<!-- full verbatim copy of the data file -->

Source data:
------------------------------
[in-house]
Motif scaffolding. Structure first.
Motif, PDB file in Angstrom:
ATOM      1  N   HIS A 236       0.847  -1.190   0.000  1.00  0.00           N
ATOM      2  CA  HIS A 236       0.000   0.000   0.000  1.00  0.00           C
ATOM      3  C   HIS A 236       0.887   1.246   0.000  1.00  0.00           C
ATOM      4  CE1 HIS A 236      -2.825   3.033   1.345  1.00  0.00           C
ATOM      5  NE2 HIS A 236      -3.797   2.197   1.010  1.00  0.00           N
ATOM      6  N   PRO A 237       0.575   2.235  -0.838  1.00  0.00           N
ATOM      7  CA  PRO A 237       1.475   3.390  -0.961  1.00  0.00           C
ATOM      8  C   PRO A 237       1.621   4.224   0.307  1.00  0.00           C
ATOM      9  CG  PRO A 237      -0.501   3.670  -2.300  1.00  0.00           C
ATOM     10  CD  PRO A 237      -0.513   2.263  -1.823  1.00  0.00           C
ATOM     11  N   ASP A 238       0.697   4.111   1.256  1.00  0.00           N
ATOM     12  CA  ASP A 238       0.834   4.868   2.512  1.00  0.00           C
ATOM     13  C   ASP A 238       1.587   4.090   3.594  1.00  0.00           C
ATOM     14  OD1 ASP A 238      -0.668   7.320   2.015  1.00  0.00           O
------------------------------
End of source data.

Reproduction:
[in-house]
Motif scaffolding. Structure first.
Motif, PDB file in Angstrom:
ATOM      1  N   HIS A 236       0.847  -1.190   0.000  1.00  0.00           N
ATOM      2  CA  HIS A 236       0.000   0.000   0.000  1.00  0.00           C
ATOM      3  C   HIS A 236       0.887   1.246   0.000  1.00  0.00           C
ATOM      4  CE1 HIS A 236      -2.825   3.033   1.345  1.00  0.00           C
ATOM      5  NE2 HIS A 236      -3.797   2.197   1.010  1.00  0.00           N
ATOM      6  N   PRO A 237       0.575   2.235  -0.838  1.00  0.00           N
ATOM      7  CA  PRO A 237       1.475   3.390  -0.961  1.00  0.00           C
ATOM      8  C   PRO A 237       1.621   4.224   0.307  1.00  0.00           C
ATOM      9  CG  PRO A 237      -0.501   3.670  -2.300  1.00  0.00           C
ATOM     10  CD  PRO A 237      -0.513   2.263  -1.823  1.00  0.00           C
ATOM     11  N   ASP A 238       0.697   4.111   1.256  1.00  0.00           N
ATOM     12  CA  ASP A 238       0.834   4.868   2.512  1.00  0.00           C
ATOM     13  C   ASP A 238       1.587   4.090   3.594  1.00  0.00           C
ATOM     14  OD1 ASP A 238      -0.668   7.320   2.015  1.00  0.00           O